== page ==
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Columbia Plateau

The Columbia Plateau covers much of the Columbia River Basalt Group, shown in green on this map. The Washington cities of Spokane, Yakima and Pasco, and the Oregon city of Pendleton, lie on the Columbia Plateau.

The Columbia Plateau is a geologic and geographic region that lies across parts of the U.S. states of Washington, Oregon, and Idaho.[1] It is a wide flood basalt plateau between the Cascade Range and the Rocky Mountains, cut through by the Columbia River. In one of various usages, the term "Columbia Basin" refers to more or less the same area as the Columbia Plateau.[2]


  • Geology 1
  • Flora 2
  • Geography 3
  • See also 4
  • References 5
  • External links 6


During late Miocene and early Pliocene times, one of the largest flood basalts ever to appear on the earth's surface engulfed about 63,000 square miles (160,000 km2) of the Pacific Northwest, forming a large igneous province.[3] Over a period of perhaps 10 to 15 million years, lava flow after lava flow poured out, ultimately accumulating to a thickness of more than 6,000 feet (1.8 km).[3] As the molten rock came to the surface, the Earth's crust gradually sank into the space left by the rising lava.[3]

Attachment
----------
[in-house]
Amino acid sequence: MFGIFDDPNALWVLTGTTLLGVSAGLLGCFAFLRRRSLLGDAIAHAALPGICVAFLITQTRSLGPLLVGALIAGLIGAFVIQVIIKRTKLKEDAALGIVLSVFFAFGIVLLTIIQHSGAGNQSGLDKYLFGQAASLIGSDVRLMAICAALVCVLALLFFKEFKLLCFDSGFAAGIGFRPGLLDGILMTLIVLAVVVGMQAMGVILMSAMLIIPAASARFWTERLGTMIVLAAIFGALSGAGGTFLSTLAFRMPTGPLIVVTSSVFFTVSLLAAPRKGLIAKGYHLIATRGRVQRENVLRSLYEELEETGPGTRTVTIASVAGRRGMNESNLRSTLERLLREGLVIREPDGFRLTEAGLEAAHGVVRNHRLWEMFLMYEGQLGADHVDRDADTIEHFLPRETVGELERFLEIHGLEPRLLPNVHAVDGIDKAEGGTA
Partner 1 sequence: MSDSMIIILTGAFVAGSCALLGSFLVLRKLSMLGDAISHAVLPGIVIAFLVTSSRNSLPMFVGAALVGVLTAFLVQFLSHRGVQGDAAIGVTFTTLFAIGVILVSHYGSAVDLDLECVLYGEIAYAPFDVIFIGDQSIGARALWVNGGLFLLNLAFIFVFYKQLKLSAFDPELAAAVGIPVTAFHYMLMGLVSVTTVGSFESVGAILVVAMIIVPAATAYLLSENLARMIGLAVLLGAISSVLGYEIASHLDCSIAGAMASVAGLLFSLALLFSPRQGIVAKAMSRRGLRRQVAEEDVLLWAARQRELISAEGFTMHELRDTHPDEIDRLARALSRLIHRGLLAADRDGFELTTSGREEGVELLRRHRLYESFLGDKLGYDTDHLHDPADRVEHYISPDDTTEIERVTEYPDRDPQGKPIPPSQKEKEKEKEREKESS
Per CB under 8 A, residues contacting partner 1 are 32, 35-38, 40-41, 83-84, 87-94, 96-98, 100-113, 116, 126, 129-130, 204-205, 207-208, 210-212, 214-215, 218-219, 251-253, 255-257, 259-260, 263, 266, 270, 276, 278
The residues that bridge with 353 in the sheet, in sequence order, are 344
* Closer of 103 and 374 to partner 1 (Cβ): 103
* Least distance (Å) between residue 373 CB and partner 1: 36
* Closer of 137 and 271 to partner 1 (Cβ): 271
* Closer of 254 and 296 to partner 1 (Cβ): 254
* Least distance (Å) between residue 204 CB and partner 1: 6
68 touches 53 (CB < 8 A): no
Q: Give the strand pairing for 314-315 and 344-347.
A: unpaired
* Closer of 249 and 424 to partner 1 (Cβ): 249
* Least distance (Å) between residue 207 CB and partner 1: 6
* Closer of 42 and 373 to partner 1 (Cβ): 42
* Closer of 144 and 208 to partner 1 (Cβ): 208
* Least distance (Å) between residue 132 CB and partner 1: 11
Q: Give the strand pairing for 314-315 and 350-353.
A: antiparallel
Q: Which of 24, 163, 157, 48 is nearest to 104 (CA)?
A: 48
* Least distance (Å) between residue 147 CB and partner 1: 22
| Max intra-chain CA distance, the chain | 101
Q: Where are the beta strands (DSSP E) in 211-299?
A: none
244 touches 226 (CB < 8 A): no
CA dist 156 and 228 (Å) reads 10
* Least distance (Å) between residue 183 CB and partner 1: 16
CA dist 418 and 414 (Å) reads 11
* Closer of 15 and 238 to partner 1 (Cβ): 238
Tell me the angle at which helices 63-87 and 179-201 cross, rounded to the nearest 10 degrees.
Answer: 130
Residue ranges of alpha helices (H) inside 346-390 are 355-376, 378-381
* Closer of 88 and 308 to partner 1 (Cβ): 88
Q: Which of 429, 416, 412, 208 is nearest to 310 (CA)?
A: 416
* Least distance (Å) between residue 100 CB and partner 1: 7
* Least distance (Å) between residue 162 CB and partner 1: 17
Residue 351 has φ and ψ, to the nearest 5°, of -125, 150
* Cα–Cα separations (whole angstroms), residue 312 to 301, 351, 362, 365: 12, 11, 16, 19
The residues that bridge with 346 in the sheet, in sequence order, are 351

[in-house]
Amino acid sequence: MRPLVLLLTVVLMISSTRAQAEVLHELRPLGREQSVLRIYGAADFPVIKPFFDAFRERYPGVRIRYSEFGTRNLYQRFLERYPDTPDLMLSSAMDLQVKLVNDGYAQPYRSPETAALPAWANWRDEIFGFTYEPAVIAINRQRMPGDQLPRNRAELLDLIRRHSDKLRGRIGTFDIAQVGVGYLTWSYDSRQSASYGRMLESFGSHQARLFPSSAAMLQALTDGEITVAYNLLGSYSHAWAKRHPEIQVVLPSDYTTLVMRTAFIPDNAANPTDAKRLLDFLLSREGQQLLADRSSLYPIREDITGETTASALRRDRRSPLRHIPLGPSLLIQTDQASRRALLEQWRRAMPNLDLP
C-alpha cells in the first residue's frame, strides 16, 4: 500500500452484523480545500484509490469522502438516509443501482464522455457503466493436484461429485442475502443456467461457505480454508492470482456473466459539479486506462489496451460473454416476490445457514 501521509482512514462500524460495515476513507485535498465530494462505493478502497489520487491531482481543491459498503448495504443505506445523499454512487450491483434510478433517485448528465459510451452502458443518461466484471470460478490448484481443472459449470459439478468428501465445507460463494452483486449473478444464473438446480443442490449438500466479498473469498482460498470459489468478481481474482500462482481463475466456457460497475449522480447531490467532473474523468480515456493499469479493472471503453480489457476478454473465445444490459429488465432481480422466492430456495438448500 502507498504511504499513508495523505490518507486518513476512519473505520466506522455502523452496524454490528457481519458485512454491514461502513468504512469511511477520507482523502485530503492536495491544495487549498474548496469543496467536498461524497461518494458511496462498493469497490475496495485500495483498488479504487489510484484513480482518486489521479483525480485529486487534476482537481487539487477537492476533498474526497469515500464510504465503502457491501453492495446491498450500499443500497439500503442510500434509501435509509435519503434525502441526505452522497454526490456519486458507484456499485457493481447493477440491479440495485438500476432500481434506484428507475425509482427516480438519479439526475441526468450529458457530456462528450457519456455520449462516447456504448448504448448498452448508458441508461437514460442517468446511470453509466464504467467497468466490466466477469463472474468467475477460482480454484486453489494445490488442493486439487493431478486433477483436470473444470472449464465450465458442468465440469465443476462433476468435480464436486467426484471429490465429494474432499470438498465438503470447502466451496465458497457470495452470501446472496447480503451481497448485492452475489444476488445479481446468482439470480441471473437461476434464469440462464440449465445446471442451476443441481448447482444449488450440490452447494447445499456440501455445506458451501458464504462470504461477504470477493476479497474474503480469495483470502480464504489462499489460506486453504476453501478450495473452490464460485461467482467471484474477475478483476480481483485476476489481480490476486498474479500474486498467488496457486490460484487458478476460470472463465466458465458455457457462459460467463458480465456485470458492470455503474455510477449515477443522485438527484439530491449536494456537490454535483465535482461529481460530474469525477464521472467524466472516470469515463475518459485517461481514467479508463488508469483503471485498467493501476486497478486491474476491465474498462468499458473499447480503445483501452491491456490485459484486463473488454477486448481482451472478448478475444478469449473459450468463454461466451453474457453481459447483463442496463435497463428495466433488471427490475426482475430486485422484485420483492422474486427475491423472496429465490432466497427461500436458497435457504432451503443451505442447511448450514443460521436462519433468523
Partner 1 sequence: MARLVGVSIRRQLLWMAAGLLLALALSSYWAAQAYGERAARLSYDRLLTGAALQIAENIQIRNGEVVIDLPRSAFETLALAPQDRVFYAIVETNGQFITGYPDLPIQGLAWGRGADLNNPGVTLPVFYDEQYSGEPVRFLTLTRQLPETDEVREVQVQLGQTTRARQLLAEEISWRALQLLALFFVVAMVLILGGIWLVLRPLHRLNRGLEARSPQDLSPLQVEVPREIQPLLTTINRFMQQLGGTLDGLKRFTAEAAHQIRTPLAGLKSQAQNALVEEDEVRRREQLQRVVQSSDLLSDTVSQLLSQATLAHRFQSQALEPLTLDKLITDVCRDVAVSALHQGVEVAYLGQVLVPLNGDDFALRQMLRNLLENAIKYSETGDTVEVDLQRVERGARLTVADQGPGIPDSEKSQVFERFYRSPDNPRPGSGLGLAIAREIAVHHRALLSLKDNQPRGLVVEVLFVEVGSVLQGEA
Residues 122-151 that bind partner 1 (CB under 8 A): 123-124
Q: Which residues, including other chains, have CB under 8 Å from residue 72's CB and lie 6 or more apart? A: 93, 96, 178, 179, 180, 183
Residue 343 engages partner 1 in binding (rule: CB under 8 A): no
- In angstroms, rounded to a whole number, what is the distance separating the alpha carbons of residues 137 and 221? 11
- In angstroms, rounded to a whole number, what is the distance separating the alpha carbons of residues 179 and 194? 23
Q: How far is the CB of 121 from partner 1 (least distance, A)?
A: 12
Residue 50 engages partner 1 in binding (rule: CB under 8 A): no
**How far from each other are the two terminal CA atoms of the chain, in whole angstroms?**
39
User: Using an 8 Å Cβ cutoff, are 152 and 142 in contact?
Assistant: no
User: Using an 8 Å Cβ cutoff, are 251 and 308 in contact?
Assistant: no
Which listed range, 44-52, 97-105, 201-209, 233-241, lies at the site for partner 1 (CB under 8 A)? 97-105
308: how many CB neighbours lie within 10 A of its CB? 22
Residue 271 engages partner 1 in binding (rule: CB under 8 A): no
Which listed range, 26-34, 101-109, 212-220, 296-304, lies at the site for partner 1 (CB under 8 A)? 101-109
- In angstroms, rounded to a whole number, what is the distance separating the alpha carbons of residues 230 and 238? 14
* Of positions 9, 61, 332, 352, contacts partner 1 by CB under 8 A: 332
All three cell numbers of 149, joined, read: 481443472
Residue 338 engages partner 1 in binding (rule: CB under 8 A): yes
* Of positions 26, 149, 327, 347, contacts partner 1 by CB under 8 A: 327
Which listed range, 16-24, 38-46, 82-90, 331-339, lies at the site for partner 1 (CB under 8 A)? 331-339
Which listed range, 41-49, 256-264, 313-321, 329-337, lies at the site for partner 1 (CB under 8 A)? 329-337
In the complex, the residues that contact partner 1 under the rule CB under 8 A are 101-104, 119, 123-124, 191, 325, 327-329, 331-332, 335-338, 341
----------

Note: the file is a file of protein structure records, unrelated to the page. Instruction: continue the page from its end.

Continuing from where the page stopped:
The subsidence of the crust produced the large plateau—a large, slightly depressed lava plain sometimes also known as the Columbia Basin.[3] The ancient Columbia River was forced into its present course by the northwesterly advancing lava. The lava, as it flowed over the area, first filled the stream valleys, forming dams that in turn caused impoundments or lakes.[3] Entities found in these lake beds include fossil leaf impressions, petrified wood, fossil insects, and bones of vertebrate animals.[3]


Part of the Columbia Plateau is associated with the Columbia Plateau ecoregion, part of the 'Nearctic temperate and subtropical grasslands, savannas, and shrublands' ecoregion of the Temperate grasslands, savannas, and shrublands Biome.


Washington cities in the Columbia Plateau include:

Oregon cities in the Columbia Plateau include:

See also


  1. ^ U.S. Geological Survey Geographic Names Information System: Columbia Plateau
  2. ^ Floyd, Ben, et al. "Glossary". (1998) Hanford Reach Protection and Management Program Interim Action Plan. Prosser, Washington: Benton County Planning Department.
  3. ^ a b c d e f Description: Columbia Plateau Columbia River Basalt. United States Geological Survey, accessed October 9, 2007.

External links

  • USGS Page on Columbia Plateau
  • Geology of Lake Roosevelt National Recreation Area (source of much of this page)
  • Guide to digital documents and photographs about the Columbia River area.
  • Columbia River Basin Ethnic History Archive

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